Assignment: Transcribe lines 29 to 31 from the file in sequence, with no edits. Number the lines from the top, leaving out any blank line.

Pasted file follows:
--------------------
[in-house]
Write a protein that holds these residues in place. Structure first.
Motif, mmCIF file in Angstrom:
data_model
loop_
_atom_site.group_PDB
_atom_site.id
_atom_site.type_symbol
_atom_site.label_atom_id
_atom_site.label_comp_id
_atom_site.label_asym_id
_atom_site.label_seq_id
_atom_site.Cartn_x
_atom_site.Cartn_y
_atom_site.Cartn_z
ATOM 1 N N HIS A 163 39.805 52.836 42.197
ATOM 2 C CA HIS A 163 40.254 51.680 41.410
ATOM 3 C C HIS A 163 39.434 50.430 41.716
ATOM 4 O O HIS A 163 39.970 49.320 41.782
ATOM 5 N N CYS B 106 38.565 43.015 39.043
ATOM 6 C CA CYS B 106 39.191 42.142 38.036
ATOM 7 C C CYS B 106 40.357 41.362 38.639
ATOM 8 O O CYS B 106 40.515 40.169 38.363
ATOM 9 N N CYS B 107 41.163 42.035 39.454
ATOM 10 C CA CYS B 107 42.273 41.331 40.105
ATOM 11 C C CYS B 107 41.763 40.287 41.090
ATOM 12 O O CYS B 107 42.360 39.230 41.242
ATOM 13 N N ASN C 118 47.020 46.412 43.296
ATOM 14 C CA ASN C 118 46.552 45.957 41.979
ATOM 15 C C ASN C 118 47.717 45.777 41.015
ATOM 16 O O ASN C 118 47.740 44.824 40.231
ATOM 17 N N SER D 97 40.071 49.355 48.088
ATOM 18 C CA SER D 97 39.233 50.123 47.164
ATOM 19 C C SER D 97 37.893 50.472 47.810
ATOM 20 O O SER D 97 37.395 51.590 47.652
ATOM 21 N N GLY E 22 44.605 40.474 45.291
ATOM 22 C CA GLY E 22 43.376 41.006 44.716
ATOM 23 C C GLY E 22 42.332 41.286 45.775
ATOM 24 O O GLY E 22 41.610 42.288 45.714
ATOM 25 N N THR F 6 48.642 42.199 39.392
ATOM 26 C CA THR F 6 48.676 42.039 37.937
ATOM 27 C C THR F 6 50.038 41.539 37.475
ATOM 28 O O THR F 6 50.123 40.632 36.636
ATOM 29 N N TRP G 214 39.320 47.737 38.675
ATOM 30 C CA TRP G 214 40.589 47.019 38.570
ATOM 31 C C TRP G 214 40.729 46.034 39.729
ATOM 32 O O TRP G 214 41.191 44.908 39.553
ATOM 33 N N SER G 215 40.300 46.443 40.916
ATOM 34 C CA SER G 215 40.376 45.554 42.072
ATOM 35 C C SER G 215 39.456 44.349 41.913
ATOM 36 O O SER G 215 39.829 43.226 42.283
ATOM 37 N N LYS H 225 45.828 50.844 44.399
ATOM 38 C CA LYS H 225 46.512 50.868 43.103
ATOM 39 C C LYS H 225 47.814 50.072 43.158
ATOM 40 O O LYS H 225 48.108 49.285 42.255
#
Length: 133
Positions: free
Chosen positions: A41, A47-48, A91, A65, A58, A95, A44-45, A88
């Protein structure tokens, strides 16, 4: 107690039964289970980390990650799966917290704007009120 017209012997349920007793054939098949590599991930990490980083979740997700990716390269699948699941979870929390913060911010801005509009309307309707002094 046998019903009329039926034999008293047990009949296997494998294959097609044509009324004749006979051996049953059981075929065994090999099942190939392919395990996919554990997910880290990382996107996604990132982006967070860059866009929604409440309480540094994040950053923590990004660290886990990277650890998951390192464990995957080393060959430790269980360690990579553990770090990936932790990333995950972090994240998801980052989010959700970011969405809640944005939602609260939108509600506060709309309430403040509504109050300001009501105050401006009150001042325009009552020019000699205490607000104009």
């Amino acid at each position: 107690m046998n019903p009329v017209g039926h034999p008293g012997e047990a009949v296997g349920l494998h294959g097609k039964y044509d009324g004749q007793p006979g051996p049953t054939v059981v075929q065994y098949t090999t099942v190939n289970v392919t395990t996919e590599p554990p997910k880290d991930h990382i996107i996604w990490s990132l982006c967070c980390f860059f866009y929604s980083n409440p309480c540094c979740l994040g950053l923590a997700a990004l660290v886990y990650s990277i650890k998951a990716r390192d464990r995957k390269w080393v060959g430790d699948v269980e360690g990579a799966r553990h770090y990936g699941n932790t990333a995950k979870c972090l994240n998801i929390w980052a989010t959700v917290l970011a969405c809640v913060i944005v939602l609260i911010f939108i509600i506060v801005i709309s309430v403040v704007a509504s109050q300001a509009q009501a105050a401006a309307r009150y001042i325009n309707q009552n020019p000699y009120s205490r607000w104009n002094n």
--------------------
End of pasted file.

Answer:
ATOM 14 C CA ASN C 118 46.552 45.957 41.979
ATOM 15 C C ASN C 118 47.717 45.777 41.015
ATOM 16 O O ASN C 118 47.740 44.824 40.231